Fabrique d'Horlogerie Fontainemelon (FHF)Copyright © David Boettcher 2005 - 2023 all rights reserved.
Fabrique d'Horlogerie de Fontainemelon (FHF) was set up in 1793 to supply the Swiss watch industry with ébauches (bare movements) to reduce reliance on the supply of ébauches from France, principally Japy at Beaucort in the region of Besançon. In 1841 the Journal Suisse d'Horlogerie recorded that over the previous 40 years the Fontainemelon factory together with Japy at Beaucort had supplied nearly all the ébauches used by the watchmakers in the cantons of Neuchâtel and Berne.
NB: Do not confuse FHF (Fabrique d'Horlogerie Fontainemelon) with FEF (Fabrique d'ébauches de Fleurier) which was a completely separate company, the movement making part of the Fleurier Watch Company, founded by Paul Jéquier in 1894. FEF was absorbed into ébauches SA in 1932.
The name of the village or municipality of Fontainemelon is derived from fontaines mille, literally a ‘thousand springs’, reflecting the numerous small springs or water sources in the area. The first written mention of the village is dated to the year 1350 under the name Fontainnemelom. It was a farming community until the end of the eighteenth century when a textile factory was opened. The village of Fontainemelon is at 864m above sea level. It is 8 km north-northwest of Neuchâtel, abut half way between Neuchâtel and La Chaux-de-Fonds, in a scenic location on the northwestern edge of the Val de Ruz in the Swiss Jura mountains. The highest point of the municipality is 1,230 meters above sea level.
The rather splendid image of the Fontainemelon Factory here is from the 1936 edition of Jobin's La classification Horlogère des calibres de montres et des fournitures d'horlogerie suisses so the date must be circa 1936. I always like the way that factory images like this show an impressive plume of smoke from the factory chimney, suggesting that the factory is hard at work turning out lots of watch movements - you can almost hear the machinery humming.
Foundation by Benguerel & Humbert
The watchmaking company of Fontainemelon was founded in 1793 by Isaac and David Benguerel and Julien and François Humbert-Droz as Fabrique d'horlogerie Benguerel & Humbert.
At first outworkers were employed, working in their homes in the traditional Swiss system called établissage, but later a factory was constructed and workers brought under one roof. In 1797 the company employed 120 workers, half of whom worked at home and were paid for each piece they made rather than for the hours they worked.
The employment of workers in a factory with powered machinery was the first move in Switzerland towards the mechanised manufacture of watches.
Power for the factory was at first provided by teams of oxen turning a wheel that through gearing drove horizontal shafts that entered the factory and ran above the workbenches. Machinery was driven from these overhead horizontal shafts by vertical belts that ran around pulleys on the shafts and on the machines.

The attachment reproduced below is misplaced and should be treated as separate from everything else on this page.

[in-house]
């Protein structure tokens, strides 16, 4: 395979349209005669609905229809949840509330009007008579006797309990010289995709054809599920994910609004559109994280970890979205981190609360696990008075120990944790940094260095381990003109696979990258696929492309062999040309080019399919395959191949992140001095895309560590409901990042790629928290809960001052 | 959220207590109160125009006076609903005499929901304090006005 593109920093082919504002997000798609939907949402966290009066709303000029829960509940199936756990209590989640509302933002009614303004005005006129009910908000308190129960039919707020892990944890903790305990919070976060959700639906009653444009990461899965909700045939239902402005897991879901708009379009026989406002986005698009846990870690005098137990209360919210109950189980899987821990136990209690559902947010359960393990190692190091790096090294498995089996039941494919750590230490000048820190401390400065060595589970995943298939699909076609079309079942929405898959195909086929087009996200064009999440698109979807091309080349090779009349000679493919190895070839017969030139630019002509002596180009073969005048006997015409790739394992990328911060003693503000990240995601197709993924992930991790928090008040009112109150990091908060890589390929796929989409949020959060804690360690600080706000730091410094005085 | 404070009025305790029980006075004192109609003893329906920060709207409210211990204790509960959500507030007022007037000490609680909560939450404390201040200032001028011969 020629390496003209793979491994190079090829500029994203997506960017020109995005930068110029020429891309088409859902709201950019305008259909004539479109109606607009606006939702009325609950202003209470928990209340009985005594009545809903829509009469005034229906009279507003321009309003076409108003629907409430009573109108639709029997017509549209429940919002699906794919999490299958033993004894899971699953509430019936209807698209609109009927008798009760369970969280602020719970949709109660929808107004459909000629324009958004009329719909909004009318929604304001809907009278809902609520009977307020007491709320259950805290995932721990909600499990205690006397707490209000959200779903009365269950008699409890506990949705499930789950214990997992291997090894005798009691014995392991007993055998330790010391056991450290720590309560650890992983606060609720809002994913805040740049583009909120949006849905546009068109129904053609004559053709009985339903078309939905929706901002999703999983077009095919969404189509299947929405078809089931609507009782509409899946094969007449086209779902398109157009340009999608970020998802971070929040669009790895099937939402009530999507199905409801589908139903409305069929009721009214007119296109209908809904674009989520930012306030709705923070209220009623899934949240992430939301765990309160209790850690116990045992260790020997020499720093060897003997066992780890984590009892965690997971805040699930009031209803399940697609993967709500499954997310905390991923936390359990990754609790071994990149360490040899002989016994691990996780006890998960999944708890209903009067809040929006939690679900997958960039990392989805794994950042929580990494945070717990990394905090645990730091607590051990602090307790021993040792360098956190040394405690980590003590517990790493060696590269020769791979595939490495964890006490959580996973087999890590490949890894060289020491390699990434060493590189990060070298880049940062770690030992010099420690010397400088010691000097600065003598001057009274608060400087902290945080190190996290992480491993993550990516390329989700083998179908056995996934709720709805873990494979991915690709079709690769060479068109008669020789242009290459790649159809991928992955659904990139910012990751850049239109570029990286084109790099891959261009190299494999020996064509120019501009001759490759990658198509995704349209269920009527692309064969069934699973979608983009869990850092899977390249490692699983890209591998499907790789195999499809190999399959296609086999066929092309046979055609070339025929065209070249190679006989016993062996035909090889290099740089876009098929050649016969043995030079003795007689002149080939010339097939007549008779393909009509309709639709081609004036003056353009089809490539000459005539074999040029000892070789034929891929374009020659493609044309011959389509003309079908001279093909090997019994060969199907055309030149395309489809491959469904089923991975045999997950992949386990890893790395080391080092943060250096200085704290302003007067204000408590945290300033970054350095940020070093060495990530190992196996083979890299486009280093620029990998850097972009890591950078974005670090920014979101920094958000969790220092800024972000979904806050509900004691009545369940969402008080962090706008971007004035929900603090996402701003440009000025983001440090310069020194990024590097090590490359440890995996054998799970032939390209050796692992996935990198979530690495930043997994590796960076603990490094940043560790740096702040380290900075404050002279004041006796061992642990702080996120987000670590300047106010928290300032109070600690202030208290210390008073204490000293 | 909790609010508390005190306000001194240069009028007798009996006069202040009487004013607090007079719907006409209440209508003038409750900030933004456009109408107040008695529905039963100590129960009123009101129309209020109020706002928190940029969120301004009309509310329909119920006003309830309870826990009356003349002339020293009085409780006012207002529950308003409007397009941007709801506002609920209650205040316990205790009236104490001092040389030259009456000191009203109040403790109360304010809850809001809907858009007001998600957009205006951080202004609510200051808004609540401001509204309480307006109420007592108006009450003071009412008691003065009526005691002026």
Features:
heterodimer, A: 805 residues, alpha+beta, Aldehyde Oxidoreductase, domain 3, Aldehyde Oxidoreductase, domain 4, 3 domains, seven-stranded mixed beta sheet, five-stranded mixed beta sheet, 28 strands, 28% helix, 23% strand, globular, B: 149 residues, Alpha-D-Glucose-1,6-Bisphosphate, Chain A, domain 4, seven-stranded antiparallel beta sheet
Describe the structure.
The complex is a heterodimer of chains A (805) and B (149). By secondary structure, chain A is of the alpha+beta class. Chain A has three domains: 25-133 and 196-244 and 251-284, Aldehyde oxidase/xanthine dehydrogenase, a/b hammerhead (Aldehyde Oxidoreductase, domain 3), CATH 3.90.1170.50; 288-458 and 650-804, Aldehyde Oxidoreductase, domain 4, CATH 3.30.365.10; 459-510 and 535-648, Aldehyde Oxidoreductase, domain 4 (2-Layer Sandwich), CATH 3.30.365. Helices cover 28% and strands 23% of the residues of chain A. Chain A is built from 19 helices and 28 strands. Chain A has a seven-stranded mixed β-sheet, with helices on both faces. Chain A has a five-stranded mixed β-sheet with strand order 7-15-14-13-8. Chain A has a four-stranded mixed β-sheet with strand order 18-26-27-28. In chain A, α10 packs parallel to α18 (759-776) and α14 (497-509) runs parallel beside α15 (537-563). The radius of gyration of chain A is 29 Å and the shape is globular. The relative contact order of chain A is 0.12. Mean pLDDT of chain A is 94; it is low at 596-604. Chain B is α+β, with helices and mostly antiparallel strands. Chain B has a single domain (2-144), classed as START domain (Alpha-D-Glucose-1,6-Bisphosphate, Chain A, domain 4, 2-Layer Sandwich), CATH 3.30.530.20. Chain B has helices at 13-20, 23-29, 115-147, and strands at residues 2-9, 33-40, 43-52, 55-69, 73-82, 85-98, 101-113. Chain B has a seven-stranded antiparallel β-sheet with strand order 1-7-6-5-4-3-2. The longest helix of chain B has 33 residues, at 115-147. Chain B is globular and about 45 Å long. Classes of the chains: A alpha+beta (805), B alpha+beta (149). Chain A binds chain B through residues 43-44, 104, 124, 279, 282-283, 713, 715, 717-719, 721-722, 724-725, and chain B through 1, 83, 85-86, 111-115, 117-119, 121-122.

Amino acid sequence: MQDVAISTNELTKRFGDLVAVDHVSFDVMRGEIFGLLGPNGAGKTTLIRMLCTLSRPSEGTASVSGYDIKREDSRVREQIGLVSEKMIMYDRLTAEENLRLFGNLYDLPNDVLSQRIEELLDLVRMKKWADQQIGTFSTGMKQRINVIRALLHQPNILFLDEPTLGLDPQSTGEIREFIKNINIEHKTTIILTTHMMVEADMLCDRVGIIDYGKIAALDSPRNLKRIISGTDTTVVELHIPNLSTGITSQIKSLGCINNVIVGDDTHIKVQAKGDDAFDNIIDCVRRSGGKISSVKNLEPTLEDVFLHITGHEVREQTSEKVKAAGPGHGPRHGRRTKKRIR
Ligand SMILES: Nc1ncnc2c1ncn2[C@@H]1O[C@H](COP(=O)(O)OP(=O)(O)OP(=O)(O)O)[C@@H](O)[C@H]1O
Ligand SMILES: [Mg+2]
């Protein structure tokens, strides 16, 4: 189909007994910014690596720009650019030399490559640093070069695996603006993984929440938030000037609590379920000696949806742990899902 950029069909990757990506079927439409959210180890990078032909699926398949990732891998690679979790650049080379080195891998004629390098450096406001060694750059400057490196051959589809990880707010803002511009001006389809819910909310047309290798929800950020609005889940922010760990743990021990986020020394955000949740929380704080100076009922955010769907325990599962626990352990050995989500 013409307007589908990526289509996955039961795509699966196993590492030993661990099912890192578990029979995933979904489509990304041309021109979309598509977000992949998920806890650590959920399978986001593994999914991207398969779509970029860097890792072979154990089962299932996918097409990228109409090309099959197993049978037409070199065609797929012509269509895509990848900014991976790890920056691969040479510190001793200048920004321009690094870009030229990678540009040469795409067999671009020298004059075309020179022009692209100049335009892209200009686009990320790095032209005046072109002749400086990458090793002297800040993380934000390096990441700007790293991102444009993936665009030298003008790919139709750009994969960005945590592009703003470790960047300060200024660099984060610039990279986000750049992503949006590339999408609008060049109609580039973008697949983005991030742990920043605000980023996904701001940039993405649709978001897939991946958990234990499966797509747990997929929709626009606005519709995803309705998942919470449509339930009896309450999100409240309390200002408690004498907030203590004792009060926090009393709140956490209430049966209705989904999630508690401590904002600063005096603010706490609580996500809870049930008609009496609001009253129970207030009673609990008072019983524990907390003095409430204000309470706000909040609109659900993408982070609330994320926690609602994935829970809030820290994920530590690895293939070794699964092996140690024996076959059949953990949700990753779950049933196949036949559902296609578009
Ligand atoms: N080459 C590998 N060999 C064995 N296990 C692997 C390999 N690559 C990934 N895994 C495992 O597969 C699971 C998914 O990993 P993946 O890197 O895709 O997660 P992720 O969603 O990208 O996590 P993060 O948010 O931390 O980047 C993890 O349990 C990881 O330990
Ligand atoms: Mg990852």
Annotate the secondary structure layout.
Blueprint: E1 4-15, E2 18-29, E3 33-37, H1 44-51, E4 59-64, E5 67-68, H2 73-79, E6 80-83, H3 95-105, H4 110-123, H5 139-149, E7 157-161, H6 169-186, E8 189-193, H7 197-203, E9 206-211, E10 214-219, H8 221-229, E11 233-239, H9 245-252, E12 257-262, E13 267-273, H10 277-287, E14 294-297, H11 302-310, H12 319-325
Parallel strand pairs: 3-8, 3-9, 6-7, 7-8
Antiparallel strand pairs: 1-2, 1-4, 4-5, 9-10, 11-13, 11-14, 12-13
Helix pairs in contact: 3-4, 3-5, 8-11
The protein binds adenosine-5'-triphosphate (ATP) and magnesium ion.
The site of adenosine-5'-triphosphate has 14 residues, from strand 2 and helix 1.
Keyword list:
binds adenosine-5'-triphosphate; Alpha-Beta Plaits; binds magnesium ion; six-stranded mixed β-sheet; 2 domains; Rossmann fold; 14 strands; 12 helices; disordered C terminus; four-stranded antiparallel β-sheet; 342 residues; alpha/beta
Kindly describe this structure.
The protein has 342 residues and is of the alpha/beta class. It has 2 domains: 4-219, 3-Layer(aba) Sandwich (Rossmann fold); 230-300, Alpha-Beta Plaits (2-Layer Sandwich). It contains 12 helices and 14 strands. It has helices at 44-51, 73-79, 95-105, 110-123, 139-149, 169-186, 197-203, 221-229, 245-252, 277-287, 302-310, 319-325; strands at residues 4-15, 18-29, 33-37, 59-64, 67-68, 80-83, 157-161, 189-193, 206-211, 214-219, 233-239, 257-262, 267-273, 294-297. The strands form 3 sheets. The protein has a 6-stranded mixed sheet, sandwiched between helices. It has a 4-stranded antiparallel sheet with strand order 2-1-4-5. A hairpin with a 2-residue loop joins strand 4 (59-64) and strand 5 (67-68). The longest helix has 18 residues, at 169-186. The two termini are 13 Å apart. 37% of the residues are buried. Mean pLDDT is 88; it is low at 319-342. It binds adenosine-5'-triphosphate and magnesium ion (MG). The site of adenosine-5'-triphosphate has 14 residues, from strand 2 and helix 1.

The Robert Family
Jacob Robert was born on 6 August 1792 in La Chaux-de-Fonds, son of Jacob Robert, a watch manufacturer and trader, and Suzanne-Marie Sandoz. In 1819 he married Melanie Humbert-Droz, daughter of Julien Humbert-Droz, one of the co-founders in 1793 of Benguerel & Humbert in Fontainemelon.
In 1821 Jacob Robert joined the company co-founded by his father in law. In 1823 he was made a partner in the company, along with his brother Frederick Robert and Antoine Fornachon. When the original partners retired the company was left entirely in the hands of members of the Robert family.
Swiss companies that were private partnerships had by law to be named after the principal partners. The company was renamed “Robert & Cie”, although it continued to trade under the name of Fabrique d'horlogerie Fontainemelon. A new, larger and two story, factory was built, which was still visible in the twentieth century.
In 1838 Jacob Robert's eldest son, age 10, was caught in the gears of oxen powered machinery and killed. His distraught father had the machinery destroyed. It was replaced by new, safer, machinery. A steam engine was installed in about 1860, again driving machinery through overhead shafts. Electrification followed later, when electrical power and electric motors became available.
The Journal Suisse d'Horlogerie says that another company reorganisation took place in 1841. Experienced watchmakers were brought in to supplement the in-house workers and new calibres were designed.
Jacob Robert left the company in 1842 and was was succeeded in the management of the company by his son Henri Auguste Robert. Jacob Robert died on 6 February 1865 in Neuchâtel.
In 1876 the company was incorporated as Fabrique d'horlogerie Fontainemelon S.A. In 1881 the company employed 400 workers and was producing 240,000 ébauches a year.
Fontainemelon advert July 1915
When Auguste Robert passed away in 1907 his cousin Paul Robert took charge. Maurice Robert, a fourth generation member of the Robert family, took over in 1912. By 1913 output had risen to one million ébauches a year.